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156 Exercise trained postmenopausal women have higher arterial stiffness than men before and after an acute bout of dynamic exercise
  1. Jennifer Craig1,
  2. Emma O’Donnell2,
  3. Richard Ferguson2
  1. 1Loughborough University, SSEHS, Loughborough University, Loughborough, UK
  2. 2Loughborough University


Objectives Arterial stiffness, peripheral wave reflection and pulse pressure predict cardiovascular disease risk. Regular aerobic exercise training is a recommended non-pharmacological approach to lower cardiovascular disease risk, including lowering blood pressure and attenuating age-related increases in arterial stiffness (AS). However, it remains unclear whether sex differences differentially modulate vascular adaptations to exercise training and/or influence vascular compliance. Thus, we sought to examine the independent and combined effects of aerobic conditioning and an acute bout of dynamic exercise, a known nitric oxide stimulus, on AS in healthy middle-aged men and postmenopausal women (PMW).

Methods Two age-matched (54±1 years; mean±SEM) groups of habitually aerobically trained men (n=6; VO2peak 49.8±1.2 ml/kg/min) and postmenopausal women (n=6; VO2peak 38.5±1.4 ml/kg/min) were studied. Pulse wave analysis using applanation tonometry methods was used to assess arterial stiffness (augmentation pressure [AP; mmHg] and augmentation index corrected for heart rate [AIx75;%]). Central measures of blood pressure (systolic BP, SBP; diastolic BP, DBP; pulse pressure, PP; mmHg) were determined using a validated transfer function. AS and BP were recorded at baseline and 60 min after an acute bout of moderate intensity exercise (45 min of brisk walking at 60% VO2peak).

Results Our preliminary findings (see table 1) demonstrate that baseline AP and AIx75 were higher, (p<0.05) in PMW compared with M. Groups did not differ (p>0.05) for baseline measures of central BP but brachial SBP and PP were lower (p<0.05) in PMW. Within groups, exercise lowered (p<0.05) all measures of brachial and central BP and indices of arterial stiffness in both M and PMW. Between groups, post-exercise AIx75 remained lower (p<0.05) in M, and brachial SBP and PP lower in PMW (p<0.05). Within condition, delta (central – peripheral) BP values, and peripheral-to-central PP ratio were higher (p<0.05) in M before and after exercise. Between conditions, delta (pre – post-exercise) central PP and brachial PP were positively correlated (p<0.05) with delta (pre – post-exercise) AIx75 in men only.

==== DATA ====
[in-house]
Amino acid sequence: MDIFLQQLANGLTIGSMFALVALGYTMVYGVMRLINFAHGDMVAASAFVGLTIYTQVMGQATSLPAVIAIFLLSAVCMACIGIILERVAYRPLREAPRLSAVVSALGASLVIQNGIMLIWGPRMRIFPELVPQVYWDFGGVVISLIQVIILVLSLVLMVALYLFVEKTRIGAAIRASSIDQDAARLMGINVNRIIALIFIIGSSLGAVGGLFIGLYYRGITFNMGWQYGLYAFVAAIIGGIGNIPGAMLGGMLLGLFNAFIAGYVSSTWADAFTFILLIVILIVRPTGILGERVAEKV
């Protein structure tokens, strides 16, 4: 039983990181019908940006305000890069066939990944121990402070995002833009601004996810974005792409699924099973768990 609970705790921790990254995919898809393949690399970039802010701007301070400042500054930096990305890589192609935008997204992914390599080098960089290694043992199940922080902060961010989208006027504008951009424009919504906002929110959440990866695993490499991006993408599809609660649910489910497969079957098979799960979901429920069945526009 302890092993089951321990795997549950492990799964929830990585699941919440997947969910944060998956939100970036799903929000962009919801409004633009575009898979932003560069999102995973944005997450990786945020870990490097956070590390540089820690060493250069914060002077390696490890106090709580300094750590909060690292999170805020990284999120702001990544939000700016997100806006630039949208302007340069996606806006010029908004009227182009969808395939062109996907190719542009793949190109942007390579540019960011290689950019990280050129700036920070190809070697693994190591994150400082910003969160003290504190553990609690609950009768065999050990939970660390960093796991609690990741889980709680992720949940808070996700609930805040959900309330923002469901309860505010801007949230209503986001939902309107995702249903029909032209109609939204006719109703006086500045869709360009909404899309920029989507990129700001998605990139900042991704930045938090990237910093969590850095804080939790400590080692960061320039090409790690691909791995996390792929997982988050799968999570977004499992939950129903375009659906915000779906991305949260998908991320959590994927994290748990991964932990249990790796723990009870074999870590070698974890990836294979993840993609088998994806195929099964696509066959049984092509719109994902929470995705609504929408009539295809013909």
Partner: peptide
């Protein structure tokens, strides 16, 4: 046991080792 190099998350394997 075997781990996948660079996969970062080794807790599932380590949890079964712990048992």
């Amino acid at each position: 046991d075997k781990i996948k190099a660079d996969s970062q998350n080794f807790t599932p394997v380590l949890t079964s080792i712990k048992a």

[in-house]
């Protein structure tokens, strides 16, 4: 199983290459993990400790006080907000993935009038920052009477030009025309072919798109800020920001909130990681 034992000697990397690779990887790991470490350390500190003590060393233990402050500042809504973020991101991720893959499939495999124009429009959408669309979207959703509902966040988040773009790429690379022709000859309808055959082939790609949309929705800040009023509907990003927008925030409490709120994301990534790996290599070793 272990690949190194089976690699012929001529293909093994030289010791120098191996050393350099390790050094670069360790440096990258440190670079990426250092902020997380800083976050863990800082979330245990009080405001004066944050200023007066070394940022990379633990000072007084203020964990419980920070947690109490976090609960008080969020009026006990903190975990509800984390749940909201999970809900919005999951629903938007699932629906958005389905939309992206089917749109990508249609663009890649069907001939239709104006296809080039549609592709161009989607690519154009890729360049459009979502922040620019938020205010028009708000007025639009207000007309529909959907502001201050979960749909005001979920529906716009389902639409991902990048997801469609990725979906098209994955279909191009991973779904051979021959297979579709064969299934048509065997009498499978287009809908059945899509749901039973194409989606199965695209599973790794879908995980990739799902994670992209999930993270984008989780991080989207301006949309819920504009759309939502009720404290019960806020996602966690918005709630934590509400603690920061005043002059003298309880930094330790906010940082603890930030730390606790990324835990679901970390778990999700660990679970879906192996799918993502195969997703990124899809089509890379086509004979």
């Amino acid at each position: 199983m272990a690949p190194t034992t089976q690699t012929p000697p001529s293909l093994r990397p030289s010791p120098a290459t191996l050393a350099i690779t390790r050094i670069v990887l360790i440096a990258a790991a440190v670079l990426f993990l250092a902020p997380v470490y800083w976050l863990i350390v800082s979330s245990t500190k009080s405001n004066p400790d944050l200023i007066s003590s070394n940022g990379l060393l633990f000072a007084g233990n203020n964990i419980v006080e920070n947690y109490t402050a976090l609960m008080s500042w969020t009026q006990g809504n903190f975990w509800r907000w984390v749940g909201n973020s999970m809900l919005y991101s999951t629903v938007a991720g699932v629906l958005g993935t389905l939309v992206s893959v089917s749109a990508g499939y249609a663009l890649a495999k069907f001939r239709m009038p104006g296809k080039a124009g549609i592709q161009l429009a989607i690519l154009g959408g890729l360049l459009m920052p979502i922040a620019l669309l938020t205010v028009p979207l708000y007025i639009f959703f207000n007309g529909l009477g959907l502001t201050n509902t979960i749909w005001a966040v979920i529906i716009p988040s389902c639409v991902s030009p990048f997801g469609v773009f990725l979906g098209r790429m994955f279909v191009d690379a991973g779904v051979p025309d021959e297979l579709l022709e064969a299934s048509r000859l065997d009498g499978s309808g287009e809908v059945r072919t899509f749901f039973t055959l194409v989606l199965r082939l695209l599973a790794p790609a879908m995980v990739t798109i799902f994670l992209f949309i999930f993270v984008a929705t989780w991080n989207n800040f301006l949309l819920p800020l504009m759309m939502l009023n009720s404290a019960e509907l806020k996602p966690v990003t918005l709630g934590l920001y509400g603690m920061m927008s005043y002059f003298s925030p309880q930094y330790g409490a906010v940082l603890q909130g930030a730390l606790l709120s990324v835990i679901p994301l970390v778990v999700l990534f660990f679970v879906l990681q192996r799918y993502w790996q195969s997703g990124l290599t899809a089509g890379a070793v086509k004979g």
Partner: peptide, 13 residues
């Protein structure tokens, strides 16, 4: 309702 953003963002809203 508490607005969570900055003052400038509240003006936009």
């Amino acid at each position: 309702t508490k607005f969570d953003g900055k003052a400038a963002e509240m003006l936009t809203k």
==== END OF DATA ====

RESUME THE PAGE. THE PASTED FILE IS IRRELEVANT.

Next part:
Conclusions Our preliminary findings suggest that compared with habitually aerobically trained PMW, trained men demonstrate lower peripheral wave reflection yet higher PP amplification both before and after an acute bout of exercise. Associations between PP and AIx75 were observed in men but not women. While the clinical significance of these findings cannot be determined, these observations suggest: i) arterial stiffness is lower in aerobically trained men versus women, and ii) the relationship between PP and arterial stiffness may differ between men and women. Such differences may be of relevance to the known sex differences in the development and progression of hypertension with ageing.

  • Arterial stiffness
  • Ageing
  • Exercise

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